Report 93030 Summary - April 1994
The Department of Insurance Cannot Completely Identify Its Costs for Implementing Proposition 103 and Performing Examinations
Results in Brief
The fees that the Department of Insurance (department) collects from insurance companies and brokers doing business in the State fund the operating activities of the department. The Insurance Code generally anticipates that the fees the department collects will approximate the costs that the department incurs to regulate the insurance industry and that the fees established to cover the costs of specific regulatory activities will approximate the amount of those related costs. The purpose of this audit was to determine whether the fees that the department levies under Section 12979 of the Insurance Code are based on the actual costs to the department for enforcing Proposition 103, a voters' initiative that passed in November 1988. In addition, the audit was to determine whether the department's charges for the examinations of insurers authorized under Section 736 of the Insurance Code are based on the actual costs to the department for conducting these examinations. Finally, the audit was to report on the actual costs for Proposition 103 and examination activities and to report on whether the costs exceed the revenues from the fees or whether the revenues exceed the costs. Our audit examined this information for fiscal year 1992-93.
During our review, we found the following conditions:
Although it can separately identify revenues from fees collected to cover the costs of implementing Proposition 103, the department cannot separately identify those costs. The department did not design its accounting system to distinguish the expenditures for Proposition 103 from the costs for performing other regulatory activities. In addition to this problem with the department's design of its accounting system, the department could not provide a reliable alternative methodology for identifying Proposition 103 costs. The department was not able to provide documentation to support many of the costs it stated were incurred for Proposition 103 activities.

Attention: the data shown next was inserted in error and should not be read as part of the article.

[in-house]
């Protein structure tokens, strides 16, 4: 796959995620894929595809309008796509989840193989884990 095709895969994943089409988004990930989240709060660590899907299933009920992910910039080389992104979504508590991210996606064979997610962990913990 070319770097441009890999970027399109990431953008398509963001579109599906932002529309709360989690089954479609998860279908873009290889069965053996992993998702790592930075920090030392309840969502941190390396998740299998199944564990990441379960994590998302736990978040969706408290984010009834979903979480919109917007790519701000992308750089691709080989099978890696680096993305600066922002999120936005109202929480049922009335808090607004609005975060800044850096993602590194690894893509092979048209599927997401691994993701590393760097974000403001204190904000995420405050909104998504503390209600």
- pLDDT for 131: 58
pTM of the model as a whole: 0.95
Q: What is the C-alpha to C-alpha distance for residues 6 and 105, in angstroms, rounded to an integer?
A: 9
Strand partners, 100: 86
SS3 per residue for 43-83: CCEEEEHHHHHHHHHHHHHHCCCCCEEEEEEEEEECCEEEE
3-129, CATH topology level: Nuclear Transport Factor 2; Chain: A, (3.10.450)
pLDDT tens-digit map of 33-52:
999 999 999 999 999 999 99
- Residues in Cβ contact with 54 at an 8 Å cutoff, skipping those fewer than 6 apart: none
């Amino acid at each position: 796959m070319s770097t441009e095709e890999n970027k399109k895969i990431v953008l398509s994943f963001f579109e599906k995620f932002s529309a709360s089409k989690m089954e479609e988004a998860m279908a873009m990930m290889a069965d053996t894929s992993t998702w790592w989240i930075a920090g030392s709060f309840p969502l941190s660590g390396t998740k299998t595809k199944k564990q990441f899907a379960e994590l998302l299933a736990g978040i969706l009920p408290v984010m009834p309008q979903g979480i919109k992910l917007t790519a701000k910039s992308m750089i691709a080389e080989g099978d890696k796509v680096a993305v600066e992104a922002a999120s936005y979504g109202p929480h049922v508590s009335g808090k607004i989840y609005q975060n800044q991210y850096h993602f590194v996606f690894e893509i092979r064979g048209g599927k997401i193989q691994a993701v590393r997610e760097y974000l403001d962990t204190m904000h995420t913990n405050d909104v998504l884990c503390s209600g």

The department had similar problems documenting costs for its examinations of insurance companies. Although the department separately identifies some of its costs for examinations, it does not have a comprehensive method for identifying all costs.
Because it cannot identify all costs for Proposition 103 or examinations, the department does not have an effective way of determining whether Proposition 103 fees or examination fees should be increased or decreased to match the costs. As a result, the department may be overcharging or undercharging insurance companies for Proposition 103 and for examinations.
The department does not always use the most appropriate basis for allocating indirect, or overhead, costs to Proposition 103 or examinations. For example, the department allocated indirect costs on the basis of budgeted employee positions, rather than on actual cost data. In addition, the department treated certain expenditures as indirect costs when they should have been charged directly to particular programs, including Proposition 103.
The department has collected more in revenues for operations than it has needed to cover operating costs. It has had sufficient resources not only to pay for the costs of the department's regulatory activities, but also to lend over $20 million to other funds in one fiscal year. Most, but not all, of these loans have been repaid. In addition, the department has replaced the State's General Fund as the source of funding for the Health Insurance Counseling and Advocacy Program as required by the State's budget acts. In fiscal year 1992-93 alone, the department's funding for this program was $2.9 million. Further, the department transferred $10 million to the State's General Fund, as the budget act for fiscal year 199293 required.
For fiscal year 1993-94, the department is revising its accounting system to identify expenditures related to specific fees. However, to meet its objective, the department must develop an effective way to document resources spent on each type of activity.
The Department of Insurance generally agrees with the information and conclusions in our report, and it has indicated that it has already begun implementing changes to its accounting system to correct the problems we reported with its cost allocation, cost accounting, billing, and measurement of workload processes. The department plans to have a legal review of the appropriate source of funding for the Health Insurance Counseling and Advisory Program.